A Bit of Market Analysis: What Price Human Body?
Muslims do so much for Allah. That is what many of them think. And they may be right. At least in some big, broad sense.
They pray; they fast; they go to Hajj; and some of them even give Zakat. Many of them call it Charity.
And Muslims are not wrong when they call Zakat, Charity. For, the Qur’an does the same. There are places, I think, where the Qur’an calls Zakat, Sadaqah. May Allah forgive me if I am mistaken.
So, the Muslims have so much going for them. And, from that point of view, Muslims have so much coming to them.
But the thought that persists in my mind is this:
How does all this stack up against the market price of a single self-growing nail on one of our little fingers?
Or a patch of skin anywhere in our body? Not plastic and wire slapped on by a surgeon.
But the real kind that God created us with that will make our brain hear an ant crawl and our body convulse in instantaneous reaction?
And another thought:
What do you think is the going rate for a day’s -- no, call it an hour’s; no, actually make it five minutes’ worth -- rental of your body?
Does God seem to come out ahead? What can I say?
So, why the arrogance? What God himself calls Istikbaar!
“Go, Work on These Things Yourself!”
Absolutely, Allah is the doer and he is the actor. And he has all the power. And we have none.
But you have been told you have responsibility. And you have been given the power. So, get up and assume the responsibility. And feel the power.
You have been commanded to act. So, dust up and start acting.
So, even though Iman comes from Allah -- just as everything else does -- it is, nevertheless, our job, our duty, our responsibility to find out what we need to do to make our Iman better and stronger and more up-to-date.
So, we need to train ourselves to take personal responsibility for everything in our life -- from getting groceries from the store and getting cars fixed to getting our Salaat repaired and our Iman improved.
That is what it means to be a real human being in the real world that God Almighty created for us.
Huwalladhee Khalaqa Lakum Maa Fil Ardi Jamee’aa!
And that is the protocol: We must do what we are ordered to do.
Wa Bi-Dhaalika Umirtu,
Wa Ana Awwalul Muslimeen.
“That is what I am ordered to do.
And I am going to be the first to fall in line!”
Allahu Akbar! If this is not perfection in words, then what is it?
And don’t you think words like these could have come only from Almighty God? And that this Qur’an, from which these words are taken, cannot be from any source other than Almighty God himself?
“Honey, Sugar Jar Empty!”
Suppose you hear a cry from the kitchen:
“Honey, Sugar Jar Empty!”
That is TTSpeak: no verbs if we can avoid them.
I have never in my entire life heard a response like the following one:
“I heard you Dear, May Allah fill it with sugar!”
A more likely reply, I expect would be:
“All right Dear, I going now.”
Again, no verb. That is Trinidad.
Translated in plain American it means:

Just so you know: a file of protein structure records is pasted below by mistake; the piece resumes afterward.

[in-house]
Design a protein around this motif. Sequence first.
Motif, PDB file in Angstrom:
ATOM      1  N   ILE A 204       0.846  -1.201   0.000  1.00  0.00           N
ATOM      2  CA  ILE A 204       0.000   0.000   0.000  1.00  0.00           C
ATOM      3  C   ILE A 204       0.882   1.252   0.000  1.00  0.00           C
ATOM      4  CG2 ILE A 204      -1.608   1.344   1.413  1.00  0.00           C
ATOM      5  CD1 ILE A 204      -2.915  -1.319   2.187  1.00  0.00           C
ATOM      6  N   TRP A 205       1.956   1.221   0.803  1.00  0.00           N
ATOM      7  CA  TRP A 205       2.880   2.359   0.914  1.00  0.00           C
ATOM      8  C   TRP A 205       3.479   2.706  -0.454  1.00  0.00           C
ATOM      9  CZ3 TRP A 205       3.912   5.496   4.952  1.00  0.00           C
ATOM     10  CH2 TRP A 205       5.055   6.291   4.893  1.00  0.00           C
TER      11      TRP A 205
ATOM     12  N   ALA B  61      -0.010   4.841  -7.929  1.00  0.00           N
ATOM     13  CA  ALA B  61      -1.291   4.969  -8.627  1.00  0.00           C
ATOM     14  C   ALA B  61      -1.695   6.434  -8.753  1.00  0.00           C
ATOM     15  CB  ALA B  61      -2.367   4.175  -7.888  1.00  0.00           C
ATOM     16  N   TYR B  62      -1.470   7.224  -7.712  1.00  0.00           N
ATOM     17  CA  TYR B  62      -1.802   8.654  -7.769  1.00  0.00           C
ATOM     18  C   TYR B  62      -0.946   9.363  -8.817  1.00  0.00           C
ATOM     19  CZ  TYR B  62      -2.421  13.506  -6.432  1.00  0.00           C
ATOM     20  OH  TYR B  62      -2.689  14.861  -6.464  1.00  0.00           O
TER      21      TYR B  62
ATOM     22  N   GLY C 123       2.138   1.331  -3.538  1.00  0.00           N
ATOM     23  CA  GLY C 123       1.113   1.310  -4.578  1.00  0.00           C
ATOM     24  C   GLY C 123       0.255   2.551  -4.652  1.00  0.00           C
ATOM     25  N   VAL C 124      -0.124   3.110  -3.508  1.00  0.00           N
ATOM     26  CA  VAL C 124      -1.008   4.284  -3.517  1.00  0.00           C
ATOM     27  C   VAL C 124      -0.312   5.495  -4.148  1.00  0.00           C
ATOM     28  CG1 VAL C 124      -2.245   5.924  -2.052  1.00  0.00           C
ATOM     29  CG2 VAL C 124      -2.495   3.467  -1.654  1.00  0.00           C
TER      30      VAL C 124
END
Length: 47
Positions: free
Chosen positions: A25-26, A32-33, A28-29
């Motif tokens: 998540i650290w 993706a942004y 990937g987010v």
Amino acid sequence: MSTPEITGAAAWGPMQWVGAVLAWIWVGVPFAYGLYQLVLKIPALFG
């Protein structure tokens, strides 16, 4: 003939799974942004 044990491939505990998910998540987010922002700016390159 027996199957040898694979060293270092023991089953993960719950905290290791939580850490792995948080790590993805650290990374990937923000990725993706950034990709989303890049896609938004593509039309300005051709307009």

“I am on my way, sweetheart!”
To get sugar of course.
But that is not always the response we get when we talk to teach others and scream out in pain:
“Hey, guess what.
Our Iman seems to be running on fumes!”
You know what the Dominant Model is when it comes to responding to a distress call like this? Even from some of the best of the best of the best of us?
It is likely to be:
“May Allah make our Iman better!”
It is almost an exact equivalent of:
“Honey, may Allah fill our jar with sugar!”
And it is rarely, if ever, anything that sounds like this:
“All right Dear, I am heading out right now to get some.”
I do not hear Muslims taking personal responsibility for their situation, whether it is about improving their Salaah or their Iman. I do not generally hear Muslims saying things like:
What do you think I should do?
Do you have any ideas how I can improve my Iman?”
And even more rarely does one come across anything like this:
“Oh my God! Really?
Innaa Lillahi wa Innaa Ilaihi Raaji’oon!
Laa Hawula wa Laa Quwwata Illaa Billah!
I am going to start working on it right away.
And, oh by the way, any ideas? Any suggestions?
What do you think I should do to make my Iman better?”
Not once, people! Not once!
Shows the disconnect that Muslims, by and large, have with reality when it comes to Islam.
So far as Muslims are concerned, it seems to me, their Deen is a set of cliches and platitudes.
The way I see it, most of us are Legacy Muslims -- born into Islam, through no active or rational choice of ours in this world. And more or less stuck with our heritage of birth.
And that means most of us are Muslims by habit and custom. Not through careful thought and agonizing personal search and transformation.
As a result, many of us mouth these cliches and platitudes because everyone else does. And we never feel the necessity to think seriously about any of the things we do; like real people; alone; with pain filling our hearts and with eyes flooding with tears.
And the fact that mercenary mullahs by the dozen fill every street corner with their snake oil pills makes it impossible for us to climb out of the hole we find ourselves in.
So, let us change the old dysfunctional culture we have inherited from our priests. And replace it with a more real and vibrant set of beliefs and practices that are closer to the nature, text and spirit of Islam.
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